BIG-IP transfers data from Proxy Buffer to Send Buffer - Proxy Buffer is empty
BIG-IP sends data to client, data is still in Send Buffer as client has to ACK it, so Send Buffer capacity is decreased by 1000B, let's assume Nagle is enabled so BIG-IP will not send more data until ACK from client arrives
BIG-IP is not changing window size on serverside - there is plenty of space in Proxy Buffer
Now there is a question what happens when next 1000B arrives from server?
It's placed in Proxy Buffer?
Is it passed to Send Buffer, or because of Nagle BIG-IP knows that if there is data in Send Buffer it will not be able to send more to the client, so it keeps data in Proxy Buffer?
Then assuming we still have no ACK from client process is repeated until Proxy Buffer High is reached
Will BIG-IP start to reduce window size according to decreasing capacity of Proxy Buffer?
At this time BIG-IP is sending ACK on serverside with zero window size
It will continue until Send Buffer will be empty (because of Nagle)
Then data is passed from Proxy Buffer to Send Buffer until Proxy Buffer Low is reached.
At this point BIG-IP sends ACK with non zero window size - what will be this window? Difference between Proxy Buffer High and amount of bytes currently kept in Proxy Buffer?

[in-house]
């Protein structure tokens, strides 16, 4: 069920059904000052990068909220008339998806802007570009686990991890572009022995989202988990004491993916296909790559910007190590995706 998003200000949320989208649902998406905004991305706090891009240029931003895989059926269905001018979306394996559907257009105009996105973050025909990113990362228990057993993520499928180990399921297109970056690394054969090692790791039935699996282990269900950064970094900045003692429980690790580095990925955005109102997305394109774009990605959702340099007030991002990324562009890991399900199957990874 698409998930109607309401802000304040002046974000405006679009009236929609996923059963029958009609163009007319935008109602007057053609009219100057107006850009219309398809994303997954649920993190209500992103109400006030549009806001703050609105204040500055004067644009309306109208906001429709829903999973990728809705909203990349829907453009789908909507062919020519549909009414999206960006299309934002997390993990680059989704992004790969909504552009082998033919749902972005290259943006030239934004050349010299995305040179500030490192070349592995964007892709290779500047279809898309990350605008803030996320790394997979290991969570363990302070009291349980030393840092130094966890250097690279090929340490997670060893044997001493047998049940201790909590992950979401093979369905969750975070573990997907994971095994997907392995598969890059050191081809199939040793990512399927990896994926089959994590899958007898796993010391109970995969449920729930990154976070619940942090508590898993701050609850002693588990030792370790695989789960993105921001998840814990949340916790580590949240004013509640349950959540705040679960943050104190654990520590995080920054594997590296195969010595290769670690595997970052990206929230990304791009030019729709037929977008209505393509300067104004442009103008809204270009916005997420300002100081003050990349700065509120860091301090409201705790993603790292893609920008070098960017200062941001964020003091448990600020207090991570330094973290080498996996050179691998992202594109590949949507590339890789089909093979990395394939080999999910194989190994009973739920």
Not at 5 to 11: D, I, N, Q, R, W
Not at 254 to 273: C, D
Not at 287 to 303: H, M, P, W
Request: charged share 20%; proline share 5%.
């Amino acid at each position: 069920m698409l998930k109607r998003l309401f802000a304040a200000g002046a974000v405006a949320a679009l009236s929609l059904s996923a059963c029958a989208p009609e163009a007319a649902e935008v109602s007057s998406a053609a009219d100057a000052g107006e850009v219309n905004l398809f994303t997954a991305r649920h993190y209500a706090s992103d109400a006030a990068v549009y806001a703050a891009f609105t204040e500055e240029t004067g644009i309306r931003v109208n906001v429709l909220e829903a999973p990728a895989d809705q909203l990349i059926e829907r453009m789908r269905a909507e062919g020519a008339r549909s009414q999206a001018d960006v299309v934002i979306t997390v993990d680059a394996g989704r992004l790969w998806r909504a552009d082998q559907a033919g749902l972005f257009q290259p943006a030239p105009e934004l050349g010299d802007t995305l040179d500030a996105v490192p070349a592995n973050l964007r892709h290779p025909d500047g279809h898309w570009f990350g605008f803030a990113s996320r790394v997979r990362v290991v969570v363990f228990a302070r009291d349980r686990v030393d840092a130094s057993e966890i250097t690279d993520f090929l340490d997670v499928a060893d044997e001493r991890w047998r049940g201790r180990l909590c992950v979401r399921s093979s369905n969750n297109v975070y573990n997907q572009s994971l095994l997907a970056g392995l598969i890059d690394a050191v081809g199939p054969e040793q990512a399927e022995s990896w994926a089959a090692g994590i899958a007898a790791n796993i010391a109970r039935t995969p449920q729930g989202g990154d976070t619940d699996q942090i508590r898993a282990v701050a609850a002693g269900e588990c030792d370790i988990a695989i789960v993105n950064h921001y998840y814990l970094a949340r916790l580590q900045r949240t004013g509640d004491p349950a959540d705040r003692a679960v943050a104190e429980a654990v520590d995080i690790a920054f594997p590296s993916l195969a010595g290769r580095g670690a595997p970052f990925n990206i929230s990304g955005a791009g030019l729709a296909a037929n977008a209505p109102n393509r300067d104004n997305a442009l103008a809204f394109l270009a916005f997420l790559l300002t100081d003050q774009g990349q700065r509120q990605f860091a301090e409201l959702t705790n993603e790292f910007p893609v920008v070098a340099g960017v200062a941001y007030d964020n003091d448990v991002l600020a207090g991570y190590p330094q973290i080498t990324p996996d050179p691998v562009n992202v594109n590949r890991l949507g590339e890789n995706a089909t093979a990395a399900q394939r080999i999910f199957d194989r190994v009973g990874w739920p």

Then process continues.
I assume that when Nagle is not used then BIG-IP will pass maximum allowed un ACKed bytes from Proxy Buffer to Send Buffer and then start to accumulate data in Proxy Buffer until Proxy Buffer High is reached.
Is above making any sense or I am completely wrong?
Nagle has no effect on delivering data to the send buffer. If the congestion and peer receive windows allow it, the data arrives in the Send Buffer and only then does the Nagle logic apply.
Thanks for reply. So when data flow from Proxy Buffer to Send Buffer stops? From some other articles I was under impression that Send Buffer only contains data that was send to the client but unacknowledged - is that not true?